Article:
You can also use the following commands as well.
$ ip addr
$ ip -s link
Did you notice that these command also shows the connected state of the network interfaces? If you closely look at the above output, you will notice that my Ethernet card is not connected with network cable (see the word "DOWN" in the above output). And wireless network card is connected (See the word "UP"). For more details, check our previous guide to find the connected state of network interfaces on Linux.
These two commands (ifconfig and ip) are just enough to find the available network cards on your Linux systems.
However, there are few other methods available to list network interfaces on Linux. Here you go.
The Linux Kernel saves the network interface details inside /sys/class/net directory. You can verify the list of available interfaces by looking into this directory.
$ ls /sys/class/net
enp5s0 lo wlp9s0
In Linux operating systems, /proc/net/dev file contains statistics about network interfaces.
To view the available network cards, just view its contents using command:
$ cat /proc/net/dev
Inter-| Receive | Transmit face |bytes packets errs drop fifo frame compressed multicast|bytes packets errs drop fifo colls carrier compressed wlp9s0: 629189631 566078 0 0 0 0 0 0 60822472 300922 0 0 0 0 0 0 enp5s0: 0 0 0 0 0 0 0 0 0 0 0 0 0 0 0 0 lo: 303980988 171420 0 0 0 0 0 0 303980988 171420 0 0 0 0 0 0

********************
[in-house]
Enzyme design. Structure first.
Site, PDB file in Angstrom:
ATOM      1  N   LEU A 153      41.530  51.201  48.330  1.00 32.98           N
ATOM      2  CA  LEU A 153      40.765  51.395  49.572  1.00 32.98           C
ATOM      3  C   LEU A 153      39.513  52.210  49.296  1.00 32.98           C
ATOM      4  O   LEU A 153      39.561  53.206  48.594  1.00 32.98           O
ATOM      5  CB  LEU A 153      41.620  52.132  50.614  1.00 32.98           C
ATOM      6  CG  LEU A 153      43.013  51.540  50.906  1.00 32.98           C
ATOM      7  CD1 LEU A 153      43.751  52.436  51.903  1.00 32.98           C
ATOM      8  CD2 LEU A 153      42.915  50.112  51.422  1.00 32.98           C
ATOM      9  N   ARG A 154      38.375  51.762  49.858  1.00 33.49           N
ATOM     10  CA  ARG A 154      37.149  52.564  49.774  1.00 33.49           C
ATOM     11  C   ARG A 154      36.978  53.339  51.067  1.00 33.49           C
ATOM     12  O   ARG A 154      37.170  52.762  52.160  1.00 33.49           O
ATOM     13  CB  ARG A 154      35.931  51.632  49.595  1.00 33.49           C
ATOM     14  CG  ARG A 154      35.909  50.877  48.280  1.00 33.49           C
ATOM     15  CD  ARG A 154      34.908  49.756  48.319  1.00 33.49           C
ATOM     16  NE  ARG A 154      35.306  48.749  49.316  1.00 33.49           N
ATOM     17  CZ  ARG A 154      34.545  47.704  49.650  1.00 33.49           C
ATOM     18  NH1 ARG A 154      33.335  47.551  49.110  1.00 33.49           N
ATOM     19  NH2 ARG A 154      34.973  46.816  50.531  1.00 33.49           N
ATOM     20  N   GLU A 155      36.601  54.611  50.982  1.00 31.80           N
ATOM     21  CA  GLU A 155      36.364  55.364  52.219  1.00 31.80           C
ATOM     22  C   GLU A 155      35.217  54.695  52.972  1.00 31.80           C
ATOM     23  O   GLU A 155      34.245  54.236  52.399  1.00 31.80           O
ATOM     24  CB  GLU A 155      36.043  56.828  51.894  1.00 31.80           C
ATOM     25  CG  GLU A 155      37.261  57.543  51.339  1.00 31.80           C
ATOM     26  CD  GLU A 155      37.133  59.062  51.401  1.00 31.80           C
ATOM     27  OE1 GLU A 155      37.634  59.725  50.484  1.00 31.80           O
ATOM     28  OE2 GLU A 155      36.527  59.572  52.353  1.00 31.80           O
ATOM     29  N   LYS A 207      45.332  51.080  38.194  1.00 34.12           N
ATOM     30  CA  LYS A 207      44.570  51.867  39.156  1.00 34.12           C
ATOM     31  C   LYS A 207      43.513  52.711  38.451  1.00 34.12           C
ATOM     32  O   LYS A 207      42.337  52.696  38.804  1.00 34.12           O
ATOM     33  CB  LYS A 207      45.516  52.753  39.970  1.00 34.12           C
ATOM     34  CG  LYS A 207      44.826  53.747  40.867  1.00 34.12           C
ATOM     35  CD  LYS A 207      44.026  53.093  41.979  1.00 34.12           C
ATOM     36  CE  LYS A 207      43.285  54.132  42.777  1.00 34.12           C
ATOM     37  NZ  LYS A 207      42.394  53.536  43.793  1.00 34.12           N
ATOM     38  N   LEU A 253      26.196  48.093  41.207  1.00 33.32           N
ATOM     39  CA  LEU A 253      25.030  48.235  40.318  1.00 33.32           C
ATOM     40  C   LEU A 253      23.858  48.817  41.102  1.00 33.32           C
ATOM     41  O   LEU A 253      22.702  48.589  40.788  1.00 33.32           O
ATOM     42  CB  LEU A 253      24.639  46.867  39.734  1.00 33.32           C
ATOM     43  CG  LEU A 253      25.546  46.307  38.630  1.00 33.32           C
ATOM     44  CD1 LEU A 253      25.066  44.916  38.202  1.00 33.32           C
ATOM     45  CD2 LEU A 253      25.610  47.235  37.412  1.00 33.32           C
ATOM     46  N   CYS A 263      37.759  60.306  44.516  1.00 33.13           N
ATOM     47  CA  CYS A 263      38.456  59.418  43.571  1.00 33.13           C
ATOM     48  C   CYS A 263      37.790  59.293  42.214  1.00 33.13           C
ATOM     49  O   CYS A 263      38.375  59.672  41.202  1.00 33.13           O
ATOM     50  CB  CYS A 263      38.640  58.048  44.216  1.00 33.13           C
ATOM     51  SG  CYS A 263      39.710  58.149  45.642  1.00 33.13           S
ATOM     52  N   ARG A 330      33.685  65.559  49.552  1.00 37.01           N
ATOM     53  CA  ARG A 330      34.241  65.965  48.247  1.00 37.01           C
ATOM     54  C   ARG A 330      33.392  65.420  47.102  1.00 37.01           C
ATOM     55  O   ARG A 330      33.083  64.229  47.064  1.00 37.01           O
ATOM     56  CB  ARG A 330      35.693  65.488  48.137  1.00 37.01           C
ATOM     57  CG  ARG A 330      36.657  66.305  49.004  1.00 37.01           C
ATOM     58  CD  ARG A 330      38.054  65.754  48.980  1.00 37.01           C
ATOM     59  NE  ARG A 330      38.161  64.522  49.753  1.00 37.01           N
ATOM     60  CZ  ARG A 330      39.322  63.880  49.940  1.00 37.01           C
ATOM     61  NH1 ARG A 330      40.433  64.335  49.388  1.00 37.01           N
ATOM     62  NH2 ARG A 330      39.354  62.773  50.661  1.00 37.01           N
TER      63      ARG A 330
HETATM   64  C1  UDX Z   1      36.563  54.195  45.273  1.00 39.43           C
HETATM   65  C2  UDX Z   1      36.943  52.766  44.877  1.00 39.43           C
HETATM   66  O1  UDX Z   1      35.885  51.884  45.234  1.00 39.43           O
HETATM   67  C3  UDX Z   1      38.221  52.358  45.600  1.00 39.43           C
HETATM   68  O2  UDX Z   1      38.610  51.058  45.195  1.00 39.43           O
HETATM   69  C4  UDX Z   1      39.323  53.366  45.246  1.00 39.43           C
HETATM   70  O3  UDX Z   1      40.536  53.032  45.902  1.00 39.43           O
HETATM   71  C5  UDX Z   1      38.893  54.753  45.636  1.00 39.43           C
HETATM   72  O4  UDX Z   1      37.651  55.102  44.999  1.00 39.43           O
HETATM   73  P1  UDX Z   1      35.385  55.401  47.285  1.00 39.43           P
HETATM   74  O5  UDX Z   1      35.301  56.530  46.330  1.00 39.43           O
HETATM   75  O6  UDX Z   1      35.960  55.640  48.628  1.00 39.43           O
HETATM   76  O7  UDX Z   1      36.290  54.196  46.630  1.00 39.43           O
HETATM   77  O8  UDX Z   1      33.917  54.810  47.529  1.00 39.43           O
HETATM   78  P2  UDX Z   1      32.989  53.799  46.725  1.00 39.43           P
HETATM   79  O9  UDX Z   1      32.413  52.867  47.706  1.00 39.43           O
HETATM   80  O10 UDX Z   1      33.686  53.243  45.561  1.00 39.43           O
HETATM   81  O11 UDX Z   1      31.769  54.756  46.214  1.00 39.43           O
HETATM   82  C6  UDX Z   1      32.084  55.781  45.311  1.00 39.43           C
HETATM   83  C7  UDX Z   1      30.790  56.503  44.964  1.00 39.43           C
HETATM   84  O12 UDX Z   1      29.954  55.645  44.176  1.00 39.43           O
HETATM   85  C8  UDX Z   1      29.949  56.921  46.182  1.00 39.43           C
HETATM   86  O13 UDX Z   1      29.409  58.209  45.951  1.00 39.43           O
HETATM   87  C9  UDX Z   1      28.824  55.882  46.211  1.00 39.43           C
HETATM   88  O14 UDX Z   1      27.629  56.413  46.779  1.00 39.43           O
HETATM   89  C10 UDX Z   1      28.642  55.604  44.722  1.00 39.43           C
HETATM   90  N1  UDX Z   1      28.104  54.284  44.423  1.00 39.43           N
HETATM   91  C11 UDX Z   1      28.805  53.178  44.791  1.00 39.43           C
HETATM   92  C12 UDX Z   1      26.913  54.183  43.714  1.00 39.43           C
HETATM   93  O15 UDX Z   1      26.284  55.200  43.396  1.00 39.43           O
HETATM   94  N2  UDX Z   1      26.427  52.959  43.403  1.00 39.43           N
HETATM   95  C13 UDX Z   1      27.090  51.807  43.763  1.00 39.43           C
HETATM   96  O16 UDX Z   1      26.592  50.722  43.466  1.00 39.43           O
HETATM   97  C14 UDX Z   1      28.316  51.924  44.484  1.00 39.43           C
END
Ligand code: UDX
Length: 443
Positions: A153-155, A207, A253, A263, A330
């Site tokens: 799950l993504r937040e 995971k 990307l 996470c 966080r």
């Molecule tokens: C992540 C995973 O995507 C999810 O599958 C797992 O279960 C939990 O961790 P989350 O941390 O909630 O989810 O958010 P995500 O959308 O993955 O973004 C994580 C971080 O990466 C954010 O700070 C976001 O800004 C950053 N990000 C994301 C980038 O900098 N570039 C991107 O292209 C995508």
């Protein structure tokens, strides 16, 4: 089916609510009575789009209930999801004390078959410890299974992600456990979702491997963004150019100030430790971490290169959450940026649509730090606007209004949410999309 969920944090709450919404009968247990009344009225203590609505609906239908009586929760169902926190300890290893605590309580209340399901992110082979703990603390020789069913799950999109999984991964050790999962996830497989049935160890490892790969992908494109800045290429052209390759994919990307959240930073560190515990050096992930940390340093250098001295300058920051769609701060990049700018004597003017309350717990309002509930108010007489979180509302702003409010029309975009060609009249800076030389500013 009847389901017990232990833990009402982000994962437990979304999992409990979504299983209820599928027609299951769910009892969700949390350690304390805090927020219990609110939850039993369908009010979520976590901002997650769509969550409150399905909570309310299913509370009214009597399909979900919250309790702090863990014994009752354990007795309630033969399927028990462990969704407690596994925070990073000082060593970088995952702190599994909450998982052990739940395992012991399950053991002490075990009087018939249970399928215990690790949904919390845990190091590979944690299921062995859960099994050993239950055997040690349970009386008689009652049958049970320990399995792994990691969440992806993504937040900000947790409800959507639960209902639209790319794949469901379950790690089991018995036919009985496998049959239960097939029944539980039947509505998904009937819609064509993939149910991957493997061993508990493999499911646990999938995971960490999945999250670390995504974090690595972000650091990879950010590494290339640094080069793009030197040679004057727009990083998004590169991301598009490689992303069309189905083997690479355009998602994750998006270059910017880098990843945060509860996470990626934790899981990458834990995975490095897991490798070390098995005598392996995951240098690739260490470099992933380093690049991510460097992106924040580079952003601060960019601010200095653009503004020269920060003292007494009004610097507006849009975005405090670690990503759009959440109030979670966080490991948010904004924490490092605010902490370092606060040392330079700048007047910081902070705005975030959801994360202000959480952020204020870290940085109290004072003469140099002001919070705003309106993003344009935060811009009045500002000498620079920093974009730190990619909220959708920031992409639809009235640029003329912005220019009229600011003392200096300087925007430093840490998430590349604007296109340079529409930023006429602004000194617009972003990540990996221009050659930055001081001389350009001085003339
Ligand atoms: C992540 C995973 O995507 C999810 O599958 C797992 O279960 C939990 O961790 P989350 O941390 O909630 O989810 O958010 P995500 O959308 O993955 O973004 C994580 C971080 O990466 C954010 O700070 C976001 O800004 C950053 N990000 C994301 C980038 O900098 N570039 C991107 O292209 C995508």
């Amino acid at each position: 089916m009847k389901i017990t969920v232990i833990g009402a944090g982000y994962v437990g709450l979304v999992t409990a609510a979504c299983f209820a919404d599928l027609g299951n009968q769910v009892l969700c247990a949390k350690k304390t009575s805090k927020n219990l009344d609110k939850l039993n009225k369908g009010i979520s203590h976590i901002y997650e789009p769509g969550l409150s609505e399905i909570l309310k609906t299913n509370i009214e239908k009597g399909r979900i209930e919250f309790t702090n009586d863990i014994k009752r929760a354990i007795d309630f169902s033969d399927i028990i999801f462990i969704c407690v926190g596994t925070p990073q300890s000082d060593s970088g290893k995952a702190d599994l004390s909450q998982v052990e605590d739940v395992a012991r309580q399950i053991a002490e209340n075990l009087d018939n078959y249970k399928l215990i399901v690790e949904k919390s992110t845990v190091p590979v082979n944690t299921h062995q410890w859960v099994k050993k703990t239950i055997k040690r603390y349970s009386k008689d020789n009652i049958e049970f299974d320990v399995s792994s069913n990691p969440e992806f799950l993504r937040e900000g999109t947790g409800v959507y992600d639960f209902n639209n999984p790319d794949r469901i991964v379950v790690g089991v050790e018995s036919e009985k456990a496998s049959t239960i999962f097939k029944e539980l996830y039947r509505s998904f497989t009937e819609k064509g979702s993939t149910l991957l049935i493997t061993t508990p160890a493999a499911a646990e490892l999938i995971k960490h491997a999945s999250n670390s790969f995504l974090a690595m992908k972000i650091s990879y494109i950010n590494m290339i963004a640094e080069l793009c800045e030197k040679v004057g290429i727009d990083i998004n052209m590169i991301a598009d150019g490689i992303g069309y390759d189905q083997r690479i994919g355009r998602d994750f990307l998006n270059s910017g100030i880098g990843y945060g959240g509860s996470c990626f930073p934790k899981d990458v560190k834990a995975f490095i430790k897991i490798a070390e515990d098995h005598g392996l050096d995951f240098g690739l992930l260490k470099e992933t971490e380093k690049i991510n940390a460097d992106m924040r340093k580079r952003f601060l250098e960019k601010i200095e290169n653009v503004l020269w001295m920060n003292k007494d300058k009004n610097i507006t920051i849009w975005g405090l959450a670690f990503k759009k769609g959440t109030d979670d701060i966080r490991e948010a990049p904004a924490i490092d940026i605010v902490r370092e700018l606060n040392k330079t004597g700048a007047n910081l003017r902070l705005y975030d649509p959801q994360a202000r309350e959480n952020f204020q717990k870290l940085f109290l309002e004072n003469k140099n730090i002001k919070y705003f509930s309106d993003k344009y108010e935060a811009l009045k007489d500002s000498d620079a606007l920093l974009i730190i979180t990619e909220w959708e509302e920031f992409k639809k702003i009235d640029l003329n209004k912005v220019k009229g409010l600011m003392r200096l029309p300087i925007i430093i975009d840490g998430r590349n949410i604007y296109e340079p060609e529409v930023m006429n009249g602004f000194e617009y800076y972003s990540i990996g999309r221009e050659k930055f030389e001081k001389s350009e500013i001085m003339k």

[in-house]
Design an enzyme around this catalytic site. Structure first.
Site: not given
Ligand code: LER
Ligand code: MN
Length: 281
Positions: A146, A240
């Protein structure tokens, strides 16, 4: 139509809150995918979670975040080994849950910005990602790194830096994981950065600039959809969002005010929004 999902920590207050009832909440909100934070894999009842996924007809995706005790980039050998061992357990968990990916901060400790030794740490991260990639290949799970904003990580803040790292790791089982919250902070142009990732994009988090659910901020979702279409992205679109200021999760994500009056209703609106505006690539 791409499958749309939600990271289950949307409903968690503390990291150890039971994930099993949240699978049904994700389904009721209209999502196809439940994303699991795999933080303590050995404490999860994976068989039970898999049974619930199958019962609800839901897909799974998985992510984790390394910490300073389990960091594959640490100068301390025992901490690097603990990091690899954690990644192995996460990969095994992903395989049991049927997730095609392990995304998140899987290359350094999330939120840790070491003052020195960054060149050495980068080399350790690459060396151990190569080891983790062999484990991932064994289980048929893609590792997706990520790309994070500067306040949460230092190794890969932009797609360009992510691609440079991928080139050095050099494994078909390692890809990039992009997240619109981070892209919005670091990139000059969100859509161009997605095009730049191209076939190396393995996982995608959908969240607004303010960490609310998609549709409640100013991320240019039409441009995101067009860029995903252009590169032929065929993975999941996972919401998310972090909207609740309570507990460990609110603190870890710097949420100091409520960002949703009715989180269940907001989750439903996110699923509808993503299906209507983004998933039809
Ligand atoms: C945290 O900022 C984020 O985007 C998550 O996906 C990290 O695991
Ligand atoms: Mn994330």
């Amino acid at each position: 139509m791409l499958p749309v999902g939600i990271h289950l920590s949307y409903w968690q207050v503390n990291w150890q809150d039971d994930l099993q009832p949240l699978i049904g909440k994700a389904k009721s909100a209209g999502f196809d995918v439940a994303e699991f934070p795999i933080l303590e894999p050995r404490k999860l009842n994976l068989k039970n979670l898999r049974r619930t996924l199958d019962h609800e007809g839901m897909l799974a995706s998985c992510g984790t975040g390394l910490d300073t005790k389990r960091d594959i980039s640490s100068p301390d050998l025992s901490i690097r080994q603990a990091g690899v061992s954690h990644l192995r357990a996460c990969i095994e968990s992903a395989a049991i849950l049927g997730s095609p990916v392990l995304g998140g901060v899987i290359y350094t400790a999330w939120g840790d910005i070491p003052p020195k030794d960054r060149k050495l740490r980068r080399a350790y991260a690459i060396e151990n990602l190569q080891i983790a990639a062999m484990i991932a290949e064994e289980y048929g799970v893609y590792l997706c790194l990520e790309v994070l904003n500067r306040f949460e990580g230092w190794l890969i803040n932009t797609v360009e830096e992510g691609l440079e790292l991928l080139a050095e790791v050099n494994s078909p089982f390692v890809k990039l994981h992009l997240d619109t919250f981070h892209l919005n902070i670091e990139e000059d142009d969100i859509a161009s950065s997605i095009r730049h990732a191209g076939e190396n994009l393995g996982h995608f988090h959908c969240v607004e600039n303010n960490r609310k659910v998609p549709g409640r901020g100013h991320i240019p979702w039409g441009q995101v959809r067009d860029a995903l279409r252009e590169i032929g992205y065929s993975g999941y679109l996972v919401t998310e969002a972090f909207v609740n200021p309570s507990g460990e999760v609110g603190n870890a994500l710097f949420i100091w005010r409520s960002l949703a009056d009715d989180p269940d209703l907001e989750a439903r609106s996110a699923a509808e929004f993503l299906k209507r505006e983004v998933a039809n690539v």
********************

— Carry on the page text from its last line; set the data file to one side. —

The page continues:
Method 5: Using 'netstat' command
The netstat command displays various details such as network connections, routing tables, interface statistics, masquerade connections, and multicast memberships.
$ netstat -i
Kernel Interface table Iface MTU RX-OK RX-ERR RX-DRP RX-OVR TX-OK TX-ERR TX-DRP TX-OVR Flg lo 65536 171420 0 0 0 171420 0 0 0 LRU wlp9s0 1500 565625 0 0 0 300543 0 0 0 BMRU
Please be mindful that netstat is obsolete. The Replacement for "netstat -i" is "ip -s link". Also note that this method will list only the active interfaces, not all available interfaces.
Method 6: Using 'nmcli' command
The nmcli is nmcli is a command-line tool for controlling NetworkManager and reporting network status. It is used to create, display, edit, delete, activate, and deactivate network connections and display network status.
If you have Linux system with Network Manager installed, you can list the available network interfaces using nmcli tool using the following commands:
$ nmcli device status
$ nmcli connection show
You know now how to find the available network interfaces on Linux. Next, check the following guides to know how to configure IP address on Linux.
- How To Configure Static IP Address In Linux And Unix
- How To Configure IP Address In Ubuntu 18.04 LTS
- How To Configure Static And Dynamic IP Address In Arch Linux
- How To Assign Multiple IP Addresses To Single Network Card In Linux
If you know any other quick ways to do it, please share them in the comment section below. I will check and update the guide with your inputs.
And, that's all. More good stuffs to come. Stay tuned!